This afternoon my wife and I headed off to Salviac to shop for some foie gras, and came home with quite a haul of typical local specialties — plus some good advice.
Martegoute is a major producer of duck and goose products, and is certainly one of the Greater Daglan Area’s best (and least costly) vendors of foie gras. Its Salviac outlet is a large and pleasant store, offering not only the poultry products you’d expect but also wines, liqueurs, preserves, and a nice array of tableware.
At the counter this afternoon was Madame Martegoute herself. When I told her that I was planning to make foie gras poêlé, she steered us away from “normal” foie gras (who knew?) and towards foie gras extra, which she explained is the foie of choice for sautéeing. Apparently it throws off less fat than the normal foie, which is best used for making patés.
Her keys to success: Use the extra type; ensure that the pan is extremely hot before placing the foie in it; cut fairly thick slices, on the diagonal; and let the liver get nicely brown before turning it. When I suggested cooking the foie about a minute on the first side and 30 seconds on the other, she shook her head firmly — “No, use your eye.”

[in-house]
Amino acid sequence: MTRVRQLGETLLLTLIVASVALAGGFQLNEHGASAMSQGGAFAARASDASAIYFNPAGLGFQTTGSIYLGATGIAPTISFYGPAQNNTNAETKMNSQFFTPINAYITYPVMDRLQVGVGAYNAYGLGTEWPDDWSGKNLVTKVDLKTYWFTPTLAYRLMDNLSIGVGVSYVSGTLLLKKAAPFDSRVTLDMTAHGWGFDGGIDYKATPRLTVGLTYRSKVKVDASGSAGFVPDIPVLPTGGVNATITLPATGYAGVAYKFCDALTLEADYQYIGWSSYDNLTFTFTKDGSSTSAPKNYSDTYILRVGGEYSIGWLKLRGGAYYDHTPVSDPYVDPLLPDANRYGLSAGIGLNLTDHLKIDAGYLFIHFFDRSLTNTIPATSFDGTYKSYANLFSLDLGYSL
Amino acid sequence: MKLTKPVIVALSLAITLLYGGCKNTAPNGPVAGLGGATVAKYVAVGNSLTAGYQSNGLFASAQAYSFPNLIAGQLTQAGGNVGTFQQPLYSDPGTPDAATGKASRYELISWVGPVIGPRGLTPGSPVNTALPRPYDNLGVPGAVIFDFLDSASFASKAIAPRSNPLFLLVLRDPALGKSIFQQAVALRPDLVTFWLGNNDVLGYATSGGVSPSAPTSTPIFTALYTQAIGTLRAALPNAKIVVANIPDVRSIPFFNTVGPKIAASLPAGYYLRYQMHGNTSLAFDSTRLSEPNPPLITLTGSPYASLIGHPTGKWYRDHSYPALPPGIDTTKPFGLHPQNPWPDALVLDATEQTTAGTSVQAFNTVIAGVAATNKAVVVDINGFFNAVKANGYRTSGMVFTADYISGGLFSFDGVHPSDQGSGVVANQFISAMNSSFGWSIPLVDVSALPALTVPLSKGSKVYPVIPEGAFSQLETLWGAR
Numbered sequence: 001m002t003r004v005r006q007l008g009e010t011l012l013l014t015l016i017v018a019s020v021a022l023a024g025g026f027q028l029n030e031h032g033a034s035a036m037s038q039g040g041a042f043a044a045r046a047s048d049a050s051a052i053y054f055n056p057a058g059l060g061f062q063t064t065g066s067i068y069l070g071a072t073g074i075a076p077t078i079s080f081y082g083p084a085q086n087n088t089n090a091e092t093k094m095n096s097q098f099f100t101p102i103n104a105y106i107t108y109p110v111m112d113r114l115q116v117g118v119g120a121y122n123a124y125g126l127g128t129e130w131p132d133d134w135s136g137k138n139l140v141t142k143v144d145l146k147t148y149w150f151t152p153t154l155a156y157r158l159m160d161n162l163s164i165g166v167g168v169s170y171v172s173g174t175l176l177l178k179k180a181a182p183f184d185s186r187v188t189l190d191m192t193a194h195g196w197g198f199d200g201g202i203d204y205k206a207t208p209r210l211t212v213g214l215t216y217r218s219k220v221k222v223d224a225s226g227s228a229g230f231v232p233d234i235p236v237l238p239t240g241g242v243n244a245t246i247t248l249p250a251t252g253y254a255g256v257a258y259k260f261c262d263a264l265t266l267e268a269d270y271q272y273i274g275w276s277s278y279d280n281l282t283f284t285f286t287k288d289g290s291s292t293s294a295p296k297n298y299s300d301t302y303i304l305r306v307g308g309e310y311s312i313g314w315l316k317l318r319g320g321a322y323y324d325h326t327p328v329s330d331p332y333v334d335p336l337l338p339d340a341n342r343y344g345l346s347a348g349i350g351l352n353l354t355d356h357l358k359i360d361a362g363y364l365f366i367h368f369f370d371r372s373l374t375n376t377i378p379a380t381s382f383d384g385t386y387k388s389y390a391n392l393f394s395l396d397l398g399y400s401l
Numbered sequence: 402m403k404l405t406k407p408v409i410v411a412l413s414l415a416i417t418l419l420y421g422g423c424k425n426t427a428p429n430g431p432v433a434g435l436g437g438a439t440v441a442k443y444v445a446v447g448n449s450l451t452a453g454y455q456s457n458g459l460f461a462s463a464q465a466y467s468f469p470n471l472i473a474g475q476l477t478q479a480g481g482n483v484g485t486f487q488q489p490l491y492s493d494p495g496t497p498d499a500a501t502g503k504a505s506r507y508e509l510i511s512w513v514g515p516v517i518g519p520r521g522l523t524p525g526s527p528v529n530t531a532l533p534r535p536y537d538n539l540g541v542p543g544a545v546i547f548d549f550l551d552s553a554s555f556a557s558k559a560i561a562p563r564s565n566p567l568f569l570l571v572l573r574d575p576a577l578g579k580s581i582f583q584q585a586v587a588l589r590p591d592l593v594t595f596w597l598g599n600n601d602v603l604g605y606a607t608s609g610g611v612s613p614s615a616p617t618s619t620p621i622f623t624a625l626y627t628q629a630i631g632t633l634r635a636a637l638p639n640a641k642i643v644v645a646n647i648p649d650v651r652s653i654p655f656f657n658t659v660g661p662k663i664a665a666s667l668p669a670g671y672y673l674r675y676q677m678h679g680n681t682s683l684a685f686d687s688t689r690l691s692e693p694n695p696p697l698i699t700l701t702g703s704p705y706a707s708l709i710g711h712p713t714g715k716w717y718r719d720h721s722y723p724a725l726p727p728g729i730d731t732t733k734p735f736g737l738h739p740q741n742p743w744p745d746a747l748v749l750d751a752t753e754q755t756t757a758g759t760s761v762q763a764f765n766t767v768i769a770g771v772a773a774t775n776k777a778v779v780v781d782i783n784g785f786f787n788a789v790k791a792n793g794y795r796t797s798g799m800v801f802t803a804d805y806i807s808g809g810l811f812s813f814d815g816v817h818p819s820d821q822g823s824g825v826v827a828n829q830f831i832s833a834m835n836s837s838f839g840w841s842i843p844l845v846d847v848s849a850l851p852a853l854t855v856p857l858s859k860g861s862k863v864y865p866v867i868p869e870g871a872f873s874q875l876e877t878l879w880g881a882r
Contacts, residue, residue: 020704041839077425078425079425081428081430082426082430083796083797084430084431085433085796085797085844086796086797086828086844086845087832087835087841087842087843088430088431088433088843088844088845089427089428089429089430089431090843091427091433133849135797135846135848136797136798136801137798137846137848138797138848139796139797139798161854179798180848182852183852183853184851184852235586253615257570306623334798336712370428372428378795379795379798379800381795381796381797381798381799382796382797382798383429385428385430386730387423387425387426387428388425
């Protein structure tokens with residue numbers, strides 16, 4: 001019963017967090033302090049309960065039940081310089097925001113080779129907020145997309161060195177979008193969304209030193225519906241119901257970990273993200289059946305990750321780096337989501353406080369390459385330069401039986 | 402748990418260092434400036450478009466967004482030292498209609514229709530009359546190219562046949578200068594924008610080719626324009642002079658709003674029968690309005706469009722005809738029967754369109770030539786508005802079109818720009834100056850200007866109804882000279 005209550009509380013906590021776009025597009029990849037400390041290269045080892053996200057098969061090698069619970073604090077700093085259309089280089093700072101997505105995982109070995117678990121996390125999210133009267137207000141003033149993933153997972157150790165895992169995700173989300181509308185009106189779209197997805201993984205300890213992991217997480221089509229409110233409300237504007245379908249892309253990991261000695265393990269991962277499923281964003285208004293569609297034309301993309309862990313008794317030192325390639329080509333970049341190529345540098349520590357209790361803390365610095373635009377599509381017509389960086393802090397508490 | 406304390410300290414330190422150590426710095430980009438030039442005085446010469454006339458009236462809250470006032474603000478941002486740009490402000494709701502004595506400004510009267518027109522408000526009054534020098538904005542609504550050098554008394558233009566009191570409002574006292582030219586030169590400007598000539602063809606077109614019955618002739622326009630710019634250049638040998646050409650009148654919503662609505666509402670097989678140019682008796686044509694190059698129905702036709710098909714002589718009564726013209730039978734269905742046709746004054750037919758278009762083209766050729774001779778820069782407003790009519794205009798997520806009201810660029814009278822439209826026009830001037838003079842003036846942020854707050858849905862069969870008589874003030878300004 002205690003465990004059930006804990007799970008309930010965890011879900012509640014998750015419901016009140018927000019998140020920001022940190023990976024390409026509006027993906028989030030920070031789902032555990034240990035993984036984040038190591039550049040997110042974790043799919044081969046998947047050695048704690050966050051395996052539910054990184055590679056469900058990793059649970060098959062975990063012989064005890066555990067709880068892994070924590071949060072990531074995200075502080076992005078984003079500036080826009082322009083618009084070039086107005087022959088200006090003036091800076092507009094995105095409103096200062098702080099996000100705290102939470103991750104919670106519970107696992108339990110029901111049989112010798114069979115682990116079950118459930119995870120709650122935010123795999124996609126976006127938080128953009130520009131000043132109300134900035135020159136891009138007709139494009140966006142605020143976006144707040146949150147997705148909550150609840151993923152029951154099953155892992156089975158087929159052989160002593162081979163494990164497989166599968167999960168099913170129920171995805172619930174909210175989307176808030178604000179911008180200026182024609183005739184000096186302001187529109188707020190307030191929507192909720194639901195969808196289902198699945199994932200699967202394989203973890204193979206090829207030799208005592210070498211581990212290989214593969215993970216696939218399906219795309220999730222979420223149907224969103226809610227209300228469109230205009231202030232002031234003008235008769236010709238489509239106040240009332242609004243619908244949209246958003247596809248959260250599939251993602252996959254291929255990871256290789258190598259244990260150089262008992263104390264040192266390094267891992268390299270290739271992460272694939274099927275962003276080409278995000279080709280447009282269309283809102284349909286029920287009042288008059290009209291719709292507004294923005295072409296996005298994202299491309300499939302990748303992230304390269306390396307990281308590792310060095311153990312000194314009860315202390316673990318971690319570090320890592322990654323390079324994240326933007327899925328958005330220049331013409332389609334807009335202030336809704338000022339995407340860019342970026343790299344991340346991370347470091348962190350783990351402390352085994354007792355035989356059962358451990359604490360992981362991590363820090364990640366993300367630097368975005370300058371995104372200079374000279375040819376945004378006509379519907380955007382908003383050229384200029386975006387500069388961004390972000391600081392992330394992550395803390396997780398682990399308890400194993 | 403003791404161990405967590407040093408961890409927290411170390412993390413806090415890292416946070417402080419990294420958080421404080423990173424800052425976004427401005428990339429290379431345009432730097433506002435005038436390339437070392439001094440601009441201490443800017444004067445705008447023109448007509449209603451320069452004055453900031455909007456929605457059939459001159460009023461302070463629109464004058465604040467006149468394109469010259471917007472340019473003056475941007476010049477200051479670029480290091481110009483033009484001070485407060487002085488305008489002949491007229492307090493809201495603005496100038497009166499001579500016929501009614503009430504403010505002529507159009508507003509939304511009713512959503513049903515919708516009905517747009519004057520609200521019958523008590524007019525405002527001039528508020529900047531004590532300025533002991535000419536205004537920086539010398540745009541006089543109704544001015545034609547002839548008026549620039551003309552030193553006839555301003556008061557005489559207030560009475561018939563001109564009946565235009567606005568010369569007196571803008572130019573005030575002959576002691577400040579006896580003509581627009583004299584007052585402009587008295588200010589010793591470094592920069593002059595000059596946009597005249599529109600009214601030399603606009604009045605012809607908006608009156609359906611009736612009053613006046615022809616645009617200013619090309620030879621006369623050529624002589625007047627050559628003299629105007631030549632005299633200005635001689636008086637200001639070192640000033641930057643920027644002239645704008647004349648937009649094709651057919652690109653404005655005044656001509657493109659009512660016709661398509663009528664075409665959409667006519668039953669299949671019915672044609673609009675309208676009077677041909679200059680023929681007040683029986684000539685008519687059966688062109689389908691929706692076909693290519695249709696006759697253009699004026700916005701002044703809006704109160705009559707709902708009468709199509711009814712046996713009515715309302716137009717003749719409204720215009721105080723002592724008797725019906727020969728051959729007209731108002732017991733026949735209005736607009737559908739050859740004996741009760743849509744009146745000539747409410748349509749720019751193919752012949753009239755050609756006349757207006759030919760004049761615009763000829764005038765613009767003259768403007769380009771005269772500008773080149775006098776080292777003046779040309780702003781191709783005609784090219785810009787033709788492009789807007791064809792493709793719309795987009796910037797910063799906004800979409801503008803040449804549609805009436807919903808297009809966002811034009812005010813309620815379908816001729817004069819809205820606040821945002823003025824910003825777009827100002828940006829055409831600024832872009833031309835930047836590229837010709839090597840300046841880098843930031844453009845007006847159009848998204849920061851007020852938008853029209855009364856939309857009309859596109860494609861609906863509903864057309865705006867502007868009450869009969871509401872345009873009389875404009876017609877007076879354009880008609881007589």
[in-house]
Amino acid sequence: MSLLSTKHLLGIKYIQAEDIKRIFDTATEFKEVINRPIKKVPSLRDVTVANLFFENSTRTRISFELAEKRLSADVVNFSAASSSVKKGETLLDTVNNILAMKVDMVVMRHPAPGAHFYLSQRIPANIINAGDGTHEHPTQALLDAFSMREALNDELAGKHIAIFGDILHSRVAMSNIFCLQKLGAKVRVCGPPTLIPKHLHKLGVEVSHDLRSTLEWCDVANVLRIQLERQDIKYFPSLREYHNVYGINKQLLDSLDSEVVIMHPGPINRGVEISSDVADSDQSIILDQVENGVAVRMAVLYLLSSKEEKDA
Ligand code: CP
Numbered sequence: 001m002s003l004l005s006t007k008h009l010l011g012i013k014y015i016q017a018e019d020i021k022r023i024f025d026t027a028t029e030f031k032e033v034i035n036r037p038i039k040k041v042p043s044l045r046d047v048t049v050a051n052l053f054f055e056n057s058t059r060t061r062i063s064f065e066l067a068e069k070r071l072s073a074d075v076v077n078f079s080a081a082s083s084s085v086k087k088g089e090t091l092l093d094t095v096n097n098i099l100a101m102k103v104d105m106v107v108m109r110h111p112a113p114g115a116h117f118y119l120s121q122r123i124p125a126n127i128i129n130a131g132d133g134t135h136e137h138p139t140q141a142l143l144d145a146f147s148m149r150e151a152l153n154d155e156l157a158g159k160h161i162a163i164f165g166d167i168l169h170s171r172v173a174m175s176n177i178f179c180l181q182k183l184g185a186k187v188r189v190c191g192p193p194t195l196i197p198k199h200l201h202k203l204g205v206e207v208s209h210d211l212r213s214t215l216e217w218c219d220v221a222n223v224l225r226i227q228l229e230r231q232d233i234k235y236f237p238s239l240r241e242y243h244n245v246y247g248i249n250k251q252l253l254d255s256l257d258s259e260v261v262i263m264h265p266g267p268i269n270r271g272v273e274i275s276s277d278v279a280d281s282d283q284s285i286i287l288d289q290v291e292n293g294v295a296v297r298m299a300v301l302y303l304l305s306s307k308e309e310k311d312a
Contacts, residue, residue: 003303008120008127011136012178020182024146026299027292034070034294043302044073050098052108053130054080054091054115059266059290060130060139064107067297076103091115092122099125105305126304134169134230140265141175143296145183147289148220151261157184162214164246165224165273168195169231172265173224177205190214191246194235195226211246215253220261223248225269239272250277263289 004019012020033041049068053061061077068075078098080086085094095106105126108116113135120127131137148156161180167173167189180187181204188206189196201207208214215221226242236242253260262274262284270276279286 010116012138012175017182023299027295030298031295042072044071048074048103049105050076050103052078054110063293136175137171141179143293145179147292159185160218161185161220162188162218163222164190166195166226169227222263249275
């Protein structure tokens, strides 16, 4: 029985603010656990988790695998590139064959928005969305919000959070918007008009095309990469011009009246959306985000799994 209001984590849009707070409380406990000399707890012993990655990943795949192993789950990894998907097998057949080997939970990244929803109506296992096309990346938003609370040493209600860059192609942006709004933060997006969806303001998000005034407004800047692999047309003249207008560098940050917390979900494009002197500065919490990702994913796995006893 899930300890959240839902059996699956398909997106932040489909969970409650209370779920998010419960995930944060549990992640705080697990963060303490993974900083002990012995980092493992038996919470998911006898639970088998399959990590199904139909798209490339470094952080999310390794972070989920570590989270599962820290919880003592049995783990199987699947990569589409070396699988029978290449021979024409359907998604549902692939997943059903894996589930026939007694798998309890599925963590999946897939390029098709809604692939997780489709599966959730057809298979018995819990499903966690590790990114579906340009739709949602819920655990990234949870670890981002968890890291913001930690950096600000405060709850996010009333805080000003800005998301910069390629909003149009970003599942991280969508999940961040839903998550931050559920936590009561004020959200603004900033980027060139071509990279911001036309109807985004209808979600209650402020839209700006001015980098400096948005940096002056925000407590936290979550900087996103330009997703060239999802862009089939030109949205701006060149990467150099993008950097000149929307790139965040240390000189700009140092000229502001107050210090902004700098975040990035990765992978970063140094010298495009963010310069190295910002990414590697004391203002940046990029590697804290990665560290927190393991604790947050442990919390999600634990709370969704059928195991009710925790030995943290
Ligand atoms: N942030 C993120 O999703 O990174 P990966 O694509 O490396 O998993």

So foie is what I’m cooking for dinner tonight, to be served with a little salad and some fig chutney with Monbazillac (the deliciously sweet wine from the Bergerac area).
Along with the foie gras and the Chutney de Figues au Monbazillac, we also bought a bottle of that delicious pear-based eau de vie, Vielle Liqueur de Poires William; two legs of confit de canard; and a package of confit de gésier — preserved duck giblets. Here’s the haul we brought home, most of which are typically Périgourdine products (Périgord being the former name for this part of the world, which is now the Dordogne):
I have special plans for the duck legs and the giblets, based on what I think is a reasonably original idea. This week I intend to create a Périgourdine version of steak and kidney pie, without either the steak or the kidneys. Now I just need to buy some pork. Stand by.